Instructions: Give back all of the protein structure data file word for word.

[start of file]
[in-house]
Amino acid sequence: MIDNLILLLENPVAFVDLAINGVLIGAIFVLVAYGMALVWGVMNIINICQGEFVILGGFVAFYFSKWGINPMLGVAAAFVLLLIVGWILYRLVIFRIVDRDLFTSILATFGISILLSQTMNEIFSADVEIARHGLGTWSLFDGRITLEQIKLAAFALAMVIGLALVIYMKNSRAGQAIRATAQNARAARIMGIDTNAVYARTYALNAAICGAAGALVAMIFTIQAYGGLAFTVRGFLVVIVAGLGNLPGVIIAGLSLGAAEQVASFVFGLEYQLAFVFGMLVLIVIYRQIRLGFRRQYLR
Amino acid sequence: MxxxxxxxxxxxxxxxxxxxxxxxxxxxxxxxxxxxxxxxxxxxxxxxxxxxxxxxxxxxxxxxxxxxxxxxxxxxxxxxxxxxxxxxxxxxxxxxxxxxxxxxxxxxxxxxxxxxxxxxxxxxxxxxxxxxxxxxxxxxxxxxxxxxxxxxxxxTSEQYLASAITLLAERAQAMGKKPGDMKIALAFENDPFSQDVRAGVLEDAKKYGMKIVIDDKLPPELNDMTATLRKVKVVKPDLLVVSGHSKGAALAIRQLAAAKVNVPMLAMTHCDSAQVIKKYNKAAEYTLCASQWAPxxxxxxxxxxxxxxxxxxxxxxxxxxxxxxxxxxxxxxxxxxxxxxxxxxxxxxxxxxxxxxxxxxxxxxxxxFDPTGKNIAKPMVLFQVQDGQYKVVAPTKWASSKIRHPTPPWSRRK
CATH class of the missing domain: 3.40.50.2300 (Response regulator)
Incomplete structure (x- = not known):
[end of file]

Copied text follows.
[in-house]
Amino acid sequence: MIDNLILLLENPVAFVDLAINGVLIGAIFVLVAYGMALVWGVMNIINICQGEFVILGGFVAFYFSKWGINPMLGVAAAFVLLLIVGWILYRLVIFRIVDRDLFTSILATFGISILLSQTMNEIFSADVEIARHGLGTWSLFDGRITLEQIKLAAFALAMVIGLALVIYMKNSRAGQAIRATAQNARAARIMGIDTNAVYARTYALNAAICGAAGALVAMIFTIQAYGGLAFTVRGFLVVIVAGLGNLPGVIIAGLSLGAAEQVASFVFGLEYQLAFVFGMLVLIVIYRQIRLGFRRQYLR
Amino acid sequence: MxxxxxxxxxxxxxxxxxxxxxxxxxxxxxxxxxxxxxxxxxxxxxxxxxxxxxxxxxxxxxxxxxxxxxxxxxxxxxxxxxxxxxxxxxxxxxxxxxxxxxxxxxxxxxxxxxxxxxxxxxxxxxxxxxxxxxxxxxxxxxxxxxxxxxxxxxxTSEQYLASAITLLAERAQAMGKKPGDMKIALAFENDPFSQDVRAGVLEDAKKYGMKIVIDDKLPPELNDMTATLRKVKVVKPDLLVVSGHSKGAALAIRQLAAAKVNVPMLAMTHCDSAQVIKKYNKAAEYTLCASQWAPxxxxxxxxxxxxxxxxxxxxxxxxxxxxxxxxxxxxxxxxxxxxxxxxxxxxxxxxxxxxxxxxxxxxxxxxxFDPTGKNIAKPMVLFQVQDGQYKVVAPTKWASSKIRHPTPPWSRRK
CATH class of the missing domain: 3.40.50.2300 (Response regulator)
Incomplete structure (x- = not known):